For soybeans, the U.S. 2019 production is pegged at 3.84 billion bushels vs. the trade’s estimate of 3.871 billion bushels and the USDA’s June estimate of 4.15 billion.

The USDA sees the U.S. soybean yield averaging 48.5 bu./acre vs. the trade’s expectation of 48.4 bu./acre and the governmental agency’s previous estimate of 49.5.

U.S. 2018/19 Ending Stocks

In its report, the USDA pegged the U.S. 2018/19 corn ending stocks at 2.34 billion bushels vs. the trade’s estimate of 2.21 billion bushels and the USDA’s June estimate of 2.19 billion.

For soybeans, the old crop ending stocks were estimated at 1.05 billion bushels vs. the trade’s expectations of 1.05 billion and the USDA’s June estimate of 1.07 billion.

U.S. 2019/2020 Ending Stocks

For corn, the new-crop ending stocks are pegged at 2.01 billion bushels vs. the trade’s expectations of 1.589 billion bushels and the USDA’s June estimate of 1.67 billion.

For soybeans, new-crop ending stocks are estimated at 795 million bushels vs. the trade’s expectation of 816 million bushels and the USDA’s June estimate of 1.045 billion bushels.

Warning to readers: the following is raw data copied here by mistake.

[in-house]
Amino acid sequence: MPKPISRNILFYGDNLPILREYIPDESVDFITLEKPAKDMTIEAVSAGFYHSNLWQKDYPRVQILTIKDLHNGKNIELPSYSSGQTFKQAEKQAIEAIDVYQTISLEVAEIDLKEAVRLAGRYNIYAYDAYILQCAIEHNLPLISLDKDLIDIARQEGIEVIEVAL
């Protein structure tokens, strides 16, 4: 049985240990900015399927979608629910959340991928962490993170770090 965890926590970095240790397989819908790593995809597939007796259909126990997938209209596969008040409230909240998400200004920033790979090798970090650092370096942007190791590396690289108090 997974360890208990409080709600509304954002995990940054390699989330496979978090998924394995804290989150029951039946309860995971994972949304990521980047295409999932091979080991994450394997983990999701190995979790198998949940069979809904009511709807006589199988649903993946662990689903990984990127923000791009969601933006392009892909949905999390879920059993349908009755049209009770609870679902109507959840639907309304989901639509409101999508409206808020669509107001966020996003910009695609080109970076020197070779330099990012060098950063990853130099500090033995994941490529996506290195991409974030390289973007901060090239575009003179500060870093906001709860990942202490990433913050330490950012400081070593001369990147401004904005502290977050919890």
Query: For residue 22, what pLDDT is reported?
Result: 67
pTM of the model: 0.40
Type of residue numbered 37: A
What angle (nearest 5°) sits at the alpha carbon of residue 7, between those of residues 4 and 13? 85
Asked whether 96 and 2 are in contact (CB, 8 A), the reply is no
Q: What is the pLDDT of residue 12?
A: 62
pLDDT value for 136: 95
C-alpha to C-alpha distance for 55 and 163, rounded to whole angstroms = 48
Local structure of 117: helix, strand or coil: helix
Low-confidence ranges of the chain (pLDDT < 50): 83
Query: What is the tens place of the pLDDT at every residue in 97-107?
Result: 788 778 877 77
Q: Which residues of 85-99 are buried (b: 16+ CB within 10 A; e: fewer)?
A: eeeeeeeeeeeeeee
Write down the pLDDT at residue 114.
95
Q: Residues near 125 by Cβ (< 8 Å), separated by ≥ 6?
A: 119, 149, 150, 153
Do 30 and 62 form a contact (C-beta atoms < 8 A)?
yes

USDA pegged the U.S. new-crop wheat ending stocks at 1.00 billion bushels vs. the trade’s expectation of 1.031 billion and the USDA’s June estimate of 1.072 billion.

Trade Response

--Sal Gilbertie, Teucrium Trading, says that on the surface, today’s USDA/WASDE report showed some tightening of wheat supplies versus last month, but overall global supplies of wheat are more than adequate.

"The underlying story in today’s report is definitely the global tightening of the soybean balance sheet, with global bean stocks down over 7% and global production down over 9%. Global usage of soybeans is projected higher, even in the face of the swine flu pandemic in Asia. All eyes will be on the August WASDE for more clarity around yields and acres, which are the big unknown variables right now," Gilbertie says.

--Jack Scoville, PRICE Futures Group, says that the WASDE report's world wheat production causing increased U.S. export demand potential was the bullish highlight.